The second season of Serial is off to an auspicious start. The only podcast to win a Peabody Award scored the first interview with former Army Pfc. Bowe Bergdahl, who left his base in Afghanistan in 2009, was captured by the Taliban and has been silent publicly since being released as part of a controversial prisoner swap in May 2014. The interview was widely discussed on cable news this morning — wresting some airtime from Donald Trump, who’ll probably end up suing someone over being treated this unfairly — and featured a left-field reference to one of Hollywood’s biggest action film franchises.
The wildly popular one-topic-per-season podcast is focusing on the Bergdahl case, with Episode 1 being released this morning on iTunes. Host Sarah Koenig of This American Life said the new season will draw heavily from about 25 hours worth of Bergdahl interviews done over the phone with Mark Boal, the Oscar-winning screenwriter behind The Hurt Locker and Zero Dark Thirty who is researching a film project about the case.
In today’s episode, Bergdahl told Boal that he left his post in part to get the attention of top military and intelligence brass in something of a whistleblower role. “All I was seeing,” he said, “was basically leadership failure — to the point the lives of the guys standing next to me were in serious danger of something going wrong, somebody being killed.” But that wasn’t the only reason. “I was trying to prove to myself, the world, to anybody that knew me that I was capable of being that person.” Boal then asked, “Like being a super-soldier?” To which Bergdahl replied, “Yeah, capable of being what I appeared to be. Doing what I did was me saying I am like … I don’t know, Jason Bourne.”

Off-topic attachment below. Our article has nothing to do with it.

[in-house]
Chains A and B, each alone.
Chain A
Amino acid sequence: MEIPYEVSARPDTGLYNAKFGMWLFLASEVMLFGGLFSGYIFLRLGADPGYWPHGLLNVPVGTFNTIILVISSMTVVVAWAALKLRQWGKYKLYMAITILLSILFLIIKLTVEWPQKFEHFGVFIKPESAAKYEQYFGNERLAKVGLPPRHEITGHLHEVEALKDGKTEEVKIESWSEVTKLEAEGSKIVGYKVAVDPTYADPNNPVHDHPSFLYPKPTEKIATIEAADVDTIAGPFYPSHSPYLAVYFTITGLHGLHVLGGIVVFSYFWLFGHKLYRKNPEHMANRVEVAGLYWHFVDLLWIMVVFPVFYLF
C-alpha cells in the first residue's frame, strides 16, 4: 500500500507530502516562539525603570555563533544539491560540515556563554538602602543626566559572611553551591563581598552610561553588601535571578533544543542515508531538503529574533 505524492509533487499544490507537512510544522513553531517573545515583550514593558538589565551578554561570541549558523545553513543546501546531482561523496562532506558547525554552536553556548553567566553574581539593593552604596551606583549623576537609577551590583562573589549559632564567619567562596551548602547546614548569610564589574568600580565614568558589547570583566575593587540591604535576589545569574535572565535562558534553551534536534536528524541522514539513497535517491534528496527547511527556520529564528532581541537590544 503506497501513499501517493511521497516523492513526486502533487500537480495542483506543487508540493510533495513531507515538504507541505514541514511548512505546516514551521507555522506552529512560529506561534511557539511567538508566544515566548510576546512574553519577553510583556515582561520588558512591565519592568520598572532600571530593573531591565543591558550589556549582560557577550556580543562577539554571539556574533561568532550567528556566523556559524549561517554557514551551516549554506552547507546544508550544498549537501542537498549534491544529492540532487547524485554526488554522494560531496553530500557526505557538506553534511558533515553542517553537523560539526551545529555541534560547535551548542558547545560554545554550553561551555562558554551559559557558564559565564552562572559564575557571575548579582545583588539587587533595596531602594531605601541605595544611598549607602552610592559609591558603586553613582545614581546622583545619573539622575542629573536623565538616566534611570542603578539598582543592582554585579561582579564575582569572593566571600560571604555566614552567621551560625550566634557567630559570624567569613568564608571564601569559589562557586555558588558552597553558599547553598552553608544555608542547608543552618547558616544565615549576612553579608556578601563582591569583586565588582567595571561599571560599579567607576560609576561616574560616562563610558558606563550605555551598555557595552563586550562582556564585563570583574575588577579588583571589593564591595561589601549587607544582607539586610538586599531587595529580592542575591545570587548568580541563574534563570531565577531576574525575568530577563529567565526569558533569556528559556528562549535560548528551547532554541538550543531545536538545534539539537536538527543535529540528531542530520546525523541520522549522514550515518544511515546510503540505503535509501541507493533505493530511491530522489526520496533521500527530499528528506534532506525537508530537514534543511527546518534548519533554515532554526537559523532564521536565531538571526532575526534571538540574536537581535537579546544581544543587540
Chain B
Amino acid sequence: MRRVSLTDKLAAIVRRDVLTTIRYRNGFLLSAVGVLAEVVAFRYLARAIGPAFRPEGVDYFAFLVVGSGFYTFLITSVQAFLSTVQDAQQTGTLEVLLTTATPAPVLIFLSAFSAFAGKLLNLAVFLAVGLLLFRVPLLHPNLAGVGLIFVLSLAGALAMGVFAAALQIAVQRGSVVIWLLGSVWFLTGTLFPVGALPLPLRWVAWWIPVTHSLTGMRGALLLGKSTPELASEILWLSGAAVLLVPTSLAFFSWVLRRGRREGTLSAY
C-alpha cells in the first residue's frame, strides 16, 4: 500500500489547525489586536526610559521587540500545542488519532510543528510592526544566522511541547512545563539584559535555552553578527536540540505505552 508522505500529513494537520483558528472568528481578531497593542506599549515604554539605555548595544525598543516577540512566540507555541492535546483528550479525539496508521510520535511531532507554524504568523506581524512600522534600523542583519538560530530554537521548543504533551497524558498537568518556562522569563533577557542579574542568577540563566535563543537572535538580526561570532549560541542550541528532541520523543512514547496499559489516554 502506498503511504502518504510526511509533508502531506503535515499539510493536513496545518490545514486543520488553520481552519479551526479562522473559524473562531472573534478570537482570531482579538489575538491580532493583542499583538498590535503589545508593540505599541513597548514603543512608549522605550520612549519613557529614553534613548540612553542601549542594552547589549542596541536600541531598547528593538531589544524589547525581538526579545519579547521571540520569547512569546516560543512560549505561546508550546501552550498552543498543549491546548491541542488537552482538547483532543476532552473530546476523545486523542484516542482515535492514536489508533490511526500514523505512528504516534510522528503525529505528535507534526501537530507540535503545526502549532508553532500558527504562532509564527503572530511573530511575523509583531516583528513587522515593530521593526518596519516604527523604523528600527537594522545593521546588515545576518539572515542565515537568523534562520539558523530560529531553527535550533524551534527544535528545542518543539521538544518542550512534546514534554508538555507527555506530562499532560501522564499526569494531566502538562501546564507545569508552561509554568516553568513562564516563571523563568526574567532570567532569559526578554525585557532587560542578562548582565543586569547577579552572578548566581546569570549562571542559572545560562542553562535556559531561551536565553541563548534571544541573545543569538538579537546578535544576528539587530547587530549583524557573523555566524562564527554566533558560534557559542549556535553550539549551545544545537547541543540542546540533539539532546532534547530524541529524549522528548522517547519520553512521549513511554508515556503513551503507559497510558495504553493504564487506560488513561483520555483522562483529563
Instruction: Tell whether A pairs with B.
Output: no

But that’s not how military officials — and some members of the media — saw Bergdahl’s case: He was charged in March with desertion. The case remains active.
Future episodes of Serial‘s Season 2 will be released weekly.
The first season of the podcast from This American Life and WBEZ Chicago drew millions of listeners as it followed the case of the 1999 killing of Baltimore teenager and her ex-boyfriend’s subsequent life sentence for murder. Last month, a Maryland judge reopened that case. That court action came five weeks after Christopher Miller & Phil Lord and Fox 21 Television Studios optioned the rights to the podcast phenomenon with plans to develop a cable series that would follow the making of Serial as it follows a case.
Back in May, the podcast from This American Life and WBEZ Chicago was greenlighted for a second and third season.
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